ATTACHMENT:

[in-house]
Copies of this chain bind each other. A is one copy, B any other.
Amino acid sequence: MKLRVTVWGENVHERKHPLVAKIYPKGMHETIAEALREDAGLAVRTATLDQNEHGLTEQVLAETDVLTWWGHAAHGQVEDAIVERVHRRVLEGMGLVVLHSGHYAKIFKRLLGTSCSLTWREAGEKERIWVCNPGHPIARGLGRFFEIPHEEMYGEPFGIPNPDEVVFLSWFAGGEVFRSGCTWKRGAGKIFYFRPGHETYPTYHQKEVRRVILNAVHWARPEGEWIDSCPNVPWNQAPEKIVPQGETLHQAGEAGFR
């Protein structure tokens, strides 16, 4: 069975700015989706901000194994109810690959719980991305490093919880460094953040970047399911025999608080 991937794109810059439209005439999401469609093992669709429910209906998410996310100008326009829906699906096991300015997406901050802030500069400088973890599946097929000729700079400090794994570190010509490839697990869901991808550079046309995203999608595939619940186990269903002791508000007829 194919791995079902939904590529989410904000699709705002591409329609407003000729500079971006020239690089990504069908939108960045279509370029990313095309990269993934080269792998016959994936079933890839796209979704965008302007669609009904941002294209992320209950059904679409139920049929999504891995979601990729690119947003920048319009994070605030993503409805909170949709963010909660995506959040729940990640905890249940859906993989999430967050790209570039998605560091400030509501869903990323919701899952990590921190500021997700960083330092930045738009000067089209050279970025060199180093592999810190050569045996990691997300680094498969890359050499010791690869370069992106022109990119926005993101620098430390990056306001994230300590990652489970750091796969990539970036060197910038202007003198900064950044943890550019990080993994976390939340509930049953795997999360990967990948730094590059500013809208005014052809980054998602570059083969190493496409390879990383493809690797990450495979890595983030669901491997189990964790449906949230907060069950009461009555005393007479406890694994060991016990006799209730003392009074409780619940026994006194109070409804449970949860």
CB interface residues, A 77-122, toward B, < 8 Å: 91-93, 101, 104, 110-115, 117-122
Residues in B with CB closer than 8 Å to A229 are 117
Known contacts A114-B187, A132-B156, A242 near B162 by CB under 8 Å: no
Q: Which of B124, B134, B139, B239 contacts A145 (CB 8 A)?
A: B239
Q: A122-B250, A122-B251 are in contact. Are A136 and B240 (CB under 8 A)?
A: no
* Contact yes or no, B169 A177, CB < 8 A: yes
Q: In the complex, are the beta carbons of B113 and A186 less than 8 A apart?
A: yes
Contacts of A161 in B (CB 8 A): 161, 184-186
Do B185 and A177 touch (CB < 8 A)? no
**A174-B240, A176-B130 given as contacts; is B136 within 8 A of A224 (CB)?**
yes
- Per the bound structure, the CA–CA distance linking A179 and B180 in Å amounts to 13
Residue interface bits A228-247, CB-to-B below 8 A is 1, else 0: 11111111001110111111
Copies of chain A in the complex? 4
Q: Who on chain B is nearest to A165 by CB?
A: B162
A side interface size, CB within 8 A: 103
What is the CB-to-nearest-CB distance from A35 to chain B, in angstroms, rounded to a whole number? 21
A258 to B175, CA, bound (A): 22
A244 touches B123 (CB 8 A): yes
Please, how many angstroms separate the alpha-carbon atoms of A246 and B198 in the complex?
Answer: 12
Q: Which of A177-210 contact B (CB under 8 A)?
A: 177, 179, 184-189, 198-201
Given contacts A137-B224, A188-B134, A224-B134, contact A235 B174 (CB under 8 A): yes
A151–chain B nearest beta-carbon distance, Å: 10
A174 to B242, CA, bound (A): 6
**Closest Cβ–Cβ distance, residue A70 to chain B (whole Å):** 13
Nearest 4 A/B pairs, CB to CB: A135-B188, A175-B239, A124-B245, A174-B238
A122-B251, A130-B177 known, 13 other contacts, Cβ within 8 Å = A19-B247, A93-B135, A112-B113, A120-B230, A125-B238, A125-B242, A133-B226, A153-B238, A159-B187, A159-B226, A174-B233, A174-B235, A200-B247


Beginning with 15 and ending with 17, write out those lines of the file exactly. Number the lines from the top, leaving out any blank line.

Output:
Contacts of A161 in B (CB 8 A): 161, 184-186
Do B185 and A177 touch (CB < 8 A)? no
**A174-B240, A176-B130 given as contacts; is B136 within 8 A of A224 (CB)?**